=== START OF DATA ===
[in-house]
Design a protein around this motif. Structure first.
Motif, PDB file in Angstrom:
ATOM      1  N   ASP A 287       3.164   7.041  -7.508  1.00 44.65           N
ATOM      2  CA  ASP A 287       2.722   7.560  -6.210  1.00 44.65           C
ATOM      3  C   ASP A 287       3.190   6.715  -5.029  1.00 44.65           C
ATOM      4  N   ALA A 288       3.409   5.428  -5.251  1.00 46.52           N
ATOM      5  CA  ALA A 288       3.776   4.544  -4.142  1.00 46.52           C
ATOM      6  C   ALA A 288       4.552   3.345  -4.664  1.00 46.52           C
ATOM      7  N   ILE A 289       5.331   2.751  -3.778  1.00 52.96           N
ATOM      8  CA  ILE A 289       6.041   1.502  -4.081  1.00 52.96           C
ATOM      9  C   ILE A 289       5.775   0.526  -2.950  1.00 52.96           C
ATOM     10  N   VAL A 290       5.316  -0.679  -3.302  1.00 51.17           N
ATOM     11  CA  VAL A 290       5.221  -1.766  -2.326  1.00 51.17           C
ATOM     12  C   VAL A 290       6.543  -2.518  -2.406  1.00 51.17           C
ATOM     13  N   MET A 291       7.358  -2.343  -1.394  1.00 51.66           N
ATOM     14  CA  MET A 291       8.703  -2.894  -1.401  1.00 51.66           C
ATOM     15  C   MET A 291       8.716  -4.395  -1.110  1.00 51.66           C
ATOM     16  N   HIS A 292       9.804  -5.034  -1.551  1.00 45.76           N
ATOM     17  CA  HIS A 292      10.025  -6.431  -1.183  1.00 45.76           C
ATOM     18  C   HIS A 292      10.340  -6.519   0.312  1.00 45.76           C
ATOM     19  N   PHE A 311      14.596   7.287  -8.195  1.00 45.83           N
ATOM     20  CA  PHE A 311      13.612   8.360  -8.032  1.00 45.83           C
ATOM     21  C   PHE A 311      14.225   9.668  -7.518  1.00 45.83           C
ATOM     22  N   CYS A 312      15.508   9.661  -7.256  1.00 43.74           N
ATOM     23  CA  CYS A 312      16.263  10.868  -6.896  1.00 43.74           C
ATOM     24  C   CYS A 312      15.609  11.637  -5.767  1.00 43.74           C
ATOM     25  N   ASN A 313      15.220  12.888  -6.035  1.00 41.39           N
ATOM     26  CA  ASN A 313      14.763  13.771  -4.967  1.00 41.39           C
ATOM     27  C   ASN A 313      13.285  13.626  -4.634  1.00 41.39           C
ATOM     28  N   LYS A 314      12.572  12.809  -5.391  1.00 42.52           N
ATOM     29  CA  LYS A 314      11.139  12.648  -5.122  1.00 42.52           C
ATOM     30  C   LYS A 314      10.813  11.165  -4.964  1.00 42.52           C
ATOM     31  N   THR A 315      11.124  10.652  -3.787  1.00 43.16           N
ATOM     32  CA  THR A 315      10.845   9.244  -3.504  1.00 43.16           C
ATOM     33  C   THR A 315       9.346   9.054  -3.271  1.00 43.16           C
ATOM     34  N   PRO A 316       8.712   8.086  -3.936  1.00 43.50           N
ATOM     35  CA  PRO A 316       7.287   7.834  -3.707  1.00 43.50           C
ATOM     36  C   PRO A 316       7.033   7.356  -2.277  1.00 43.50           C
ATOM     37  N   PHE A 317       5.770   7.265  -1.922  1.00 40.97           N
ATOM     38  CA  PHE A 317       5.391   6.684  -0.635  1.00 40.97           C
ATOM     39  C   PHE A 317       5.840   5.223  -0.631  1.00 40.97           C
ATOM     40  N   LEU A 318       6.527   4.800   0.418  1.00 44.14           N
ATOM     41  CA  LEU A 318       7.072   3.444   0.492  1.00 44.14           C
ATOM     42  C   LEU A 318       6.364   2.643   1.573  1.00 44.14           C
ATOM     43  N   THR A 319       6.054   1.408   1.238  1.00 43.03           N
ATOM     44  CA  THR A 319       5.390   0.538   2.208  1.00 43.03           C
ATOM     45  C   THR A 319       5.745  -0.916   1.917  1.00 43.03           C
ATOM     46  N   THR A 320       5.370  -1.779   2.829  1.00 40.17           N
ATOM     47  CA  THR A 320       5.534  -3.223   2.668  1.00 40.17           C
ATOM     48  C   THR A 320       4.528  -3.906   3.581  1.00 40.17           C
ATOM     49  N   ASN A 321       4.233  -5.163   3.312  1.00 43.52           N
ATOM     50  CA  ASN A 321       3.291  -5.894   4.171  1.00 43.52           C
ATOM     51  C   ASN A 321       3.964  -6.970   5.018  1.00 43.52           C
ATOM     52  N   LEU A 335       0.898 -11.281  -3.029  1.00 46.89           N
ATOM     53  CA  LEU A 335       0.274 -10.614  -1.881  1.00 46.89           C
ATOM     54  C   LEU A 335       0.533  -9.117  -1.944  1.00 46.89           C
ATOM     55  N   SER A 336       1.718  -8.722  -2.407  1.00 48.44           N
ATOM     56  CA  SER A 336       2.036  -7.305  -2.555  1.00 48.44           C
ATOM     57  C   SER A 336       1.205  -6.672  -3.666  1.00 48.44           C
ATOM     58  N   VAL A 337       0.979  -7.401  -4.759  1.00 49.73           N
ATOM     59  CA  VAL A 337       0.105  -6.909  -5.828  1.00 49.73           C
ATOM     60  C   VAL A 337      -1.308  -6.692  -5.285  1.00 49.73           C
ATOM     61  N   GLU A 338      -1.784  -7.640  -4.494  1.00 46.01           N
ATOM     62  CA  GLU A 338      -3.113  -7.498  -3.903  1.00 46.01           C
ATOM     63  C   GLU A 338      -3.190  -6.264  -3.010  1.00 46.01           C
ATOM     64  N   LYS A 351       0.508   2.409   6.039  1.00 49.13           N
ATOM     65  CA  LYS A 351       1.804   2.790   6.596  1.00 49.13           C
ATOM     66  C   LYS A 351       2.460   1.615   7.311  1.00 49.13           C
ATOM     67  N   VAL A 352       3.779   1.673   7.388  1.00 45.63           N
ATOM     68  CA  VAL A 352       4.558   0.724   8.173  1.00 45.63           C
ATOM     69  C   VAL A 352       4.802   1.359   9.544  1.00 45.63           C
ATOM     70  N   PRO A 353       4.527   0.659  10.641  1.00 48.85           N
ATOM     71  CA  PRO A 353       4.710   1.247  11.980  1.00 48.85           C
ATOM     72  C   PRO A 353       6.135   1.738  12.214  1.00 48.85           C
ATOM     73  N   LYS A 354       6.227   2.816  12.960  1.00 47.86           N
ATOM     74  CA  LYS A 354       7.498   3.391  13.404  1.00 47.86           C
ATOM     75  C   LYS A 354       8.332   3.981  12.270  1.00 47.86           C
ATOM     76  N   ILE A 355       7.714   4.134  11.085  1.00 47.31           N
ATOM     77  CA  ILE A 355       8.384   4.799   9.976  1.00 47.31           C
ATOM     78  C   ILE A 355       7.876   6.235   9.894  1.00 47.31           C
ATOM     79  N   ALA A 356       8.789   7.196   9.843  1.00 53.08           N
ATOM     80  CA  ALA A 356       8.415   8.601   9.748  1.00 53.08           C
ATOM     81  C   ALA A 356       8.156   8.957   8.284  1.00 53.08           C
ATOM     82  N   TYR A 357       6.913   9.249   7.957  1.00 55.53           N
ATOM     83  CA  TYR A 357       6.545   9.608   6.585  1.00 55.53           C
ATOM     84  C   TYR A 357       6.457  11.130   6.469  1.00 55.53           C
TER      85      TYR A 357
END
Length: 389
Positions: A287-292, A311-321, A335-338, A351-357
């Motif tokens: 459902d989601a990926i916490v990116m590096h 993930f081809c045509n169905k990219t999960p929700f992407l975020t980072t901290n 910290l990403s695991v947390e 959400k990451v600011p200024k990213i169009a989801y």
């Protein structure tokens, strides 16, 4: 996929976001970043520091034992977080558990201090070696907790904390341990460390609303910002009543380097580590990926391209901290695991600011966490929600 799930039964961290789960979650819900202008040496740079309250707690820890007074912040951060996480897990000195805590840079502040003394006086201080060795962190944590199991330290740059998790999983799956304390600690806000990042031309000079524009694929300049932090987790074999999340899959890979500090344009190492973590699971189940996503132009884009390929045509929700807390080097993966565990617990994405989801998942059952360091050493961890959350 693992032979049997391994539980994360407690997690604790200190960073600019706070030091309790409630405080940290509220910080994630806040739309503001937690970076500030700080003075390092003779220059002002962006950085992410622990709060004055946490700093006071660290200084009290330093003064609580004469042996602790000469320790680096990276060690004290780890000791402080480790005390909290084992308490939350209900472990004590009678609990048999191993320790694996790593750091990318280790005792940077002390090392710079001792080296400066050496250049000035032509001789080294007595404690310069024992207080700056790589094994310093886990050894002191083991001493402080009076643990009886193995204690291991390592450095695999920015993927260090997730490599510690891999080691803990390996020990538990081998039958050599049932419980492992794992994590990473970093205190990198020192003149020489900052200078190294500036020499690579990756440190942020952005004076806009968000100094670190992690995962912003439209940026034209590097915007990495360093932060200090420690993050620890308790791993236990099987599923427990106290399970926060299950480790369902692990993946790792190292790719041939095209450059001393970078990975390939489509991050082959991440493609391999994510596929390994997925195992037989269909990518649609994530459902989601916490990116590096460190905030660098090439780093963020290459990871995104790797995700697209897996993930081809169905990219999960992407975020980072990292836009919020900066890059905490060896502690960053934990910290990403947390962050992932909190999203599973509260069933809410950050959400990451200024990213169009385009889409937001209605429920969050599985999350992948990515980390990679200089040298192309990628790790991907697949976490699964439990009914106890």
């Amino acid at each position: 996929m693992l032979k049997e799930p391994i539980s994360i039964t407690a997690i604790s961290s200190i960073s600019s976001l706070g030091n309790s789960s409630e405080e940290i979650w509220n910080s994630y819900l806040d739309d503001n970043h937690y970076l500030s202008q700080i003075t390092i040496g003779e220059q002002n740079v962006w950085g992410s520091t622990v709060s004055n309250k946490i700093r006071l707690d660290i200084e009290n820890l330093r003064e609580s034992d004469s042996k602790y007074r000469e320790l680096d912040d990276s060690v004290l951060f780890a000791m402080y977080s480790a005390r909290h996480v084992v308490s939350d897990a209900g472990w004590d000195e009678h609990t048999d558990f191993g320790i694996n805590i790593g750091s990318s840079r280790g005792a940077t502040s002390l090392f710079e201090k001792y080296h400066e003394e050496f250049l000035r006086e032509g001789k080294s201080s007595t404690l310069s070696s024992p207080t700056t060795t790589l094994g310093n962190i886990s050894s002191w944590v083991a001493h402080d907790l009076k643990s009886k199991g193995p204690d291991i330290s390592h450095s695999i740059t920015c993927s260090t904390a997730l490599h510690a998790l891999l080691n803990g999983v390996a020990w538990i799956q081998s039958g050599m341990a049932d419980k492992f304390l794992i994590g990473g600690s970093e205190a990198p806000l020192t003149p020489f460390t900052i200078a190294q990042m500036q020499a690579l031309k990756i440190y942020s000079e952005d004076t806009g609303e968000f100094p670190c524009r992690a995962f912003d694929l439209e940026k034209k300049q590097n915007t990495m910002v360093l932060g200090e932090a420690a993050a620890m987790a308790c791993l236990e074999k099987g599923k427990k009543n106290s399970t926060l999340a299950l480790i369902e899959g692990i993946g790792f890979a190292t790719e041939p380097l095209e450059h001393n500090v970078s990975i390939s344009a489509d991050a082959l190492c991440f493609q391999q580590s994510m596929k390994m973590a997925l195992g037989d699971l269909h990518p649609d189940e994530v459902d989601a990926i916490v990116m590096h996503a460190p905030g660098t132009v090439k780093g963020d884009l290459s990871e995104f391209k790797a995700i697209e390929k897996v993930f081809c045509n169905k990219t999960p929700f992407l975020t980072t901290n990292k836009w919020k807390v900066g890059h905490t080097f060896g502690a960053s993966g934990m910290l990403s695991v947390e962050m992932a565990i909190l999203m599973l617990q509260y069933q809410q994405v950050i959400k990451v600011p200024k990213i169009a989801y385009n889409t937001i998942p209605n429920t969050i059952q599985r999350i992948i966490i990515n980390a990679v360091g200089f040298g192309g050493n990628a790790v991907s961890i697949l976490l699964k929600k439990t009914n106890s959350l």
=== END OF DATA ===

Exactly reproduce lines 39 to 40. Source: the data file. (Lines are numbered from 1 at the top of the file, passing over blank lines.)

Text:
ATOM     36  C   PRO A 316       7.033   7.356  -2.277  1.00 43.50           C
ATOM     37  N   PHE A 317       5.770   7.265  -1.922  1.00 40.97           N